In the  Tajik  Pamir,  6,730  glaciers,  of  which  the  total  area  attains  7,493   km2,  have  been  identified  by  the  Institute  of  Geography,  the  USSR  Academy  of   Sciences  (Kotlyakov  et  al.  2010a).  Scattered  cirques  and  small  valley  glaciers   dominate  in  the  western  Tajik  Pamir  (west  from  ca.  73°E).  Large  glacier  complexes   comprising  two  or  more  individual  valley-­‐glaciers  (e.g.  the  Fedchenko  Glacier)  can   be  often  found  in  the  northeastern  most  portion  of  the  western  Tajik  Pamir.  In   contrast,  smaller  valley  glaciers  or  slope  niche  glaciers  largely  occupy  in  the  arid   eastern  Tajik  Pamir.  A  notable  feature  of  the  Pamirian  glaciers  is  that  some  of  them   show  dynamic  instability,  which  can  be  regarded  as  ‘surging’:  630  surge-­‐type   glaciers  have  been  identified  in  total  in  the  Tajik  Pamir  up  until  1991  (Kotlyakov  et   al.  2010b).       Systematic  investigations  to  clarify  the  distribution,  type  and   development  of  glacial  lakes  have  been  conducted  only  in  the  southwestern  Tajik   Pamir  (the  Gunt  and  Shakhdara  valleys)  by  Mergili  &  Schneider  (2011)  and  Mergili   et  al.  (2012).  These  studies  cover  the  period  1968–2009  using  multitemporal   satellite  images:  172  glacial  lakes  (an  area  of  ≥2,500  m2)  have  been  identified  in   the  2007/2008  images.  The  172  glacial  lakes  are  mostly  located  at  4,400–4,700  m   (Mergili  et  al.  2012).  This  altitudinal  zone  is  significantly  higher  than  the  altitudes   ranging  from  3,810–4,000  m,  which  are  calculated  as  lower  boundary  of   discontinuous  permafrost  (permafrost  probable)  by  Müllebner  (2010).  This   situation  in  the  southwestern  Tajik  Pamir  is  at  least  a  favorable  factor  for  the   stability  of  the  ice  core  (dead  ice)  underneath  the  lake-­‐dammed  moraines.         3.  Glacier-­‐related  hazards  in  the  Tajik  Pamir   The  report  published  from  the  Department  of  Hydrometeorology  in  Tajikistan   (Makhmadaliev  et  al.  2008)  indicates  that  9  GLOFs  and  1  glacier-­‐related   debris-­‐flow  have  occurred  in  the  western  Tajik  Pamir.  On  the  other  hand,  7  GLOFs   are  confirmed  from  the  website  of  the  MNV  Consulting  Ltd.,  which  shows  the   historical  records  of  the  major  floods  in  Tajikistan  during  the  period  1894–2000.   The  detailed  information  about  cause  and  occurrence  location  of  such   glacier-­‐related  hazards  has  been  obtained  from  only  five  events.  These  hazardous   events  are  closely  associated  with  either  glacier  surge  or  glacial  lake  on  moraines.     3.1.  Hazard  related  to  glacier  surge   A  well-­‐known  case  of  the  surge-­‐related  hazard  in  the  Tajik  Pamir  is  the  outburst  of   the  glacial-­‐dammed  lake,  which  occurs  as  a  consequence  that  the  tributary  glacier   advances  into  the  ice-­‐free  trunk  valley  and  blocks  the  main  river.  For  instance,   such  a  hazardous  surge  took  place  at  the  Medvezhiy  (Bear)  Glacier  (N38°39’,   E72°09’37”),  located  in  the  upper  reaches  of  the  Vanch  Valley,  the  western  Tajik   Pamir.  Surges  of  this  glacier  have  been  identified  six  times  (1951,  1963,  1973,   1989,  2001,  and  2011)  (Kotlyakov  et  al.  2010b).  Among  these  surges,  the  events  in   1963,  1973,  1989,  and  2011  have  induced  the  glacier  terminus  to  block  the  main   valley,  and  close  the  Abdukagor  River.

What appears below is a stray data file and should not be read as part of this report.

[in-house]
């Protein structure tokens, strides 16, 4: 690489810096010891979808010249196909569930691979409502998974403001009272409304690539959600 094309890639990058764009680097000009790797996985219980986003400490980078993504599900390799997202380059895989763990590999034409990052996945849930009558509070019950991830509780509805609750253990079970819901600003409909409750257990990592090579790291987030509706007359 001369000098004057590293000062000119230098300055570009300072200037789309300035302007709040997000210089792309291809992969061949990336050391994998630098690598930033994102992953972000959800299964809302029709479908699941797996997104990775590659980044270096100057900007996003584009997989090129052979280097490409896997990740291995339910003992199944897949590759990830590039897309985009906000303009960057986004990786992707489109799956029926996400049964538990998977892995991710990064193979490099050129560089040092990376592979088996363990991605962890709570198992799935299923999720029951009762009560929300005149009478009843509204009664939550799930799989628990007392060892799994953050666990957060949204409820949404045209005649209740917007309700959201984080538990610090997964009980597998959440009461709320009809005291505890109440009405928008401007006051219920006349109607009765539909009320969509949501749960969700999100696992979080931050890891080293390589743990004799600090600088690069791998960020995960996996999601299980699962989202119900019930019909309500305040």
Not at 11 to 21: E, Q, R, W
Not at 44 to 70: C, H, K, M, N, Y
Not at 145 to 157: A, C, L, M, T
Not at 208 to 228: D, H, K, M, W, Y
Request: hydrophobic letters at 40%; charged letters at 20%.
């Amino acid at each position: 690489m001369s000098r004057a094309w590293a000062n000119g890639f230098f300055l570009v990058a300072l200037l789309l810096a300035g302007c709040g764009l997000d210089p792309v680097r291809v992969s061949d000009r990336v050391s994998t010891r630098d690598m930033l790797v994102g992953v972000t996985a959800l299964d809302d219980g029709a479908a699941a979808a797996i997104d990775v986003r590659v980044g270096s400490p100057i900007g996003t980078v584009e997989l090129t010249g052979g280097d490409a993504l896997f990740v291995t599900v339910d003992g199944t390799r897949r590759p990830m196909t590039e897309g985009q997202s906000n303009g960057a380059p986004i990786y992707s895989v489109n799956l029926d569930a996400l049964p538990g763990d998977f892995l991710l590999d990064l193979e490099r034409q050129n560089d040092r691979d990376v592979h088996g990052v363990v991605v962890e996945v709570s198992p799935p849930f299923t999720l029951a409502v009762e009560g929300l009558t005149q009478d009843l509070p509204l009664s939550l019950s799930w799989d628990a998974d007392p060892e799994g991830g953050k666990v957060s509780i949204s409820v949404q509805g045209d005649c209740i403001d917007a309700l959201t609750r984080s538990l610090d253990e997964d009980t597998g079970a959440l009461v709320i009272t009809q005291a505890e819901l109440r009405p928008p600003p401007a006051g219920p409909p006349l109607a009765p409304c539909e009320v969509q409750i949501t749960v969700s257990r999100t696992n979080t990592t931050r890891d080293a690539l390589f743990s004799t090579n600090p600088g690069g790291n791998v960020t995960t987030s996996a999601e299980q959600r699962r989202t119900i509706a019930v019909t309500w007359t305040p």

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3.2. Hazard  related  to  glacial  lake  on  moraines     Only  one  event  has  been  recognized  as  a  hazard  related  to  a  glacial  lake   on  moraines  in  the  Tajik  Pamir  up  to  now,  i.e.,  a  debris  flow  named  ‘the  Dasht  2002   event’,  which  occurred  in  the  tributary  headwaters  of  the  Shakhdara  valley  (the   southwestern  Tajik  Pamir)  on  7  August  2002.  This  hazardous  debris  flow   originated  from  a  glacial  lake  (the  Dasht  Lake;  N37°13’12”,  E71°44’03”,  4,400  m),   which  had  formed  on  the  ice-­‐cored  end  moraine  and  gained  its  size  to  an  area  of   32,000  m2.  The  volume  of  the  released  water  from  this  lake  and  that  of  the   entrained  debris  into  the  water  were  estimated  to  be  32,000  m3  and  1.0–1.5   million  m3,  respectively  (Mergili  &  Schneider  2011).  This  debris  flow  traveled  10.5   km  downstream  the  valley,  and  attacked  the  Dasht  village  (2,620—2,600  m)   situated  on  the  alluvial  fan;  its  travel  time  to  the  village  was  considered  to  be  at   least  45  minutes  based  on  the  voice  of  the  local  people  (Mergili  &  Schneider  2011).   Eventually,  this  event  destroyed  a  large  part  of  the  village  and  killed  approx.  25   local  people.           The  changes  of  the  Dasht  Lake  before  and  after  the  event  can  be  traced   from  the  observation  of  the  multitemporal  satellite  images  covering  the  years  of   1968,  1973,  1992,  2000,  2002  and  2008,  and  a  1:50,000  Russian  map  compiled  in   1983–84.  The  development  history  of  the  Dasht  Lake  suggests  that  the  lake  is   characterized  by  the  ‘no  surface  outlet’,  ‘repeatedly  appeared’,  ‘rapidly  enlarged’,   and  ‘short-­‐lived’  lake  on  the  ice-­‐cored  end  moraine.  Considering  these   characteristics,  the  appearance  and  expansion  of  this  glacial  lake  are  most  likely   attributed  to  the  temporal  blockage  of  the  drainage  channel  through  or  beneath   the  dead-­‐ice/till  complex,  caused  by  the  ice  deformation  and/or  ice-­‐debris   collapses  into  the  channel,  which  was  observed  in  Tien  Shan  (Narama  et  al.  2010);   the  sudden  discharge  (outburst)  from  the  lake  is  probably  due  to  the  blockage   failure  assigned  to  the  increasing  water  pressure  and/or  the  atmospheric  warming   in  summer.         4.  Applied  hazards  assessment:  A  review     4-­‐1.  Assessment  by  Schneider  and  Mergili  (2010)   Schneider  et  al.  (2010)  focused  on  the  potential  risk  rating  of  geohazards  to  each  of   the  selected  209  villages  in  the  Jirgital  and  Gorno-­‐Badakhshan  Autonomous  Oblast   (GBAO)  areas,  as  well  in  the  Zarafshan  range,  and  to  provide  the  proper  hazard   mitigation  recommendations  to  the  respective  villages  by  (1)  remote  sensing   survey,  (2)  field  observation  at  several  key  areas  including  observations  from   helicopter,  and  (3)  estimates  of  hazard  impacts  using  computer  modeling.  The   potential  hazard  risk  to  the  villages  is  rated  to  be  either  of  six  classes  (1:  very  low   hazard  to  6:  very  high  hazard),  depending  on  the  calculated  score;  and  the   confidence  level  (A:  vey  high  confidence  to  E:  no  information)  is  given  to  each  of   such  rating  results.  They  showed  that  34  villages  in  the  Tajik  Pamir  (the  GBAO  and   Jirgital  area)  were  rated  as  over  ‘medium  hazard  (Class  4)’.   Regarding  the  significant  glacier-­‐related  hazards,  the  following  three  cases   can  be  extracted  from  their  assessment:  (1)  ice  avalanches  caused  by  glacier   3